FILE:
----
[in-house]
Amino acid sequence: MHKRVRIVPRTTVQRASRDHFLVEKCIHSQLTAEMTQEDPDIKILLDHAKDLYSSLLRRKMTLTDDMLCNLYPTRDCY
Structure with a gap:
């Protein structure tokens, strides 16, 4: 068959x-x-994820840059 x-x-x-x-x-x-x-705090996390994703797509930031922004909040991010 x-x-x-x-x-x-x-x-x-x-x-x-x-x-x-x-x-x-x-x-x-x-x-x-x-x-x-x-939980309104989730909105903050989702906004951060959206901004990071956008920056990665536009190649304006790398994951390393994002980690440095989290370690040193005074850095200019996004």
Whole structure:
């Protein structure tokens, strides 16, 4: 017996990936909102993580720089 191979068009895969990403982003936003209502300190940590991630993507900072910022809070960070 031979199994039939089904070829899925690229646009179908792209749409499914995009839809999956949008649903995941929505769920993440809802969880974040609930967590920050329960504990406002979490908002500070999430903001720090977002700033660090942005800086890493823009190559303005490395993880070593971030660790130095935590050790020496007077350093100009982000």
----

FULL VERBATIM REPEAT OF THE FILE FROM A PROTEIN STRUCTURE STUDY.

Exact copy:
[in-house]
Amino acid sequence: MHKRVRIVPRTTVQRASRDHFLVEKCIHSQLTAEMTQEDPDIKILLDHAKDLYSSLLRRKMTLTDDMLCNLYPTRDCY
Structure with a gap:
């Protein structure tokens, strides 16, 4: 068959x-x-994820840059 x-x-x-x-x-x-x-705090996390994703797509930031922004909040991010 x-x-x-x-x-x-x-x-x-x-x-x-x-x-x-x-x-x-x-x-x-x-x-x-x-x-x-x-939980309104989730909105903050989702906004951060959206901004990071956008920056990665536009190649304006790398994951390393994002980690440095989290370690040193005074850095200019996004």
Whole structure:
């Protein structure tokens, strides 16, 4: 017996990936909102993580720089 191979068009895969990403982003936003209502300190940590991630993507900072910022809070960070 031979199994039939089904070829899925690229646009179908792209749409499914995009839809999956949008649903995941929505769920993440809802969880974040609930967590920050329960504990406002979490908002500070999430903001720090977002700033660090942005800086890493823009190559303005490395993880070593971030660790130095935590050790020496007077350093100009982000």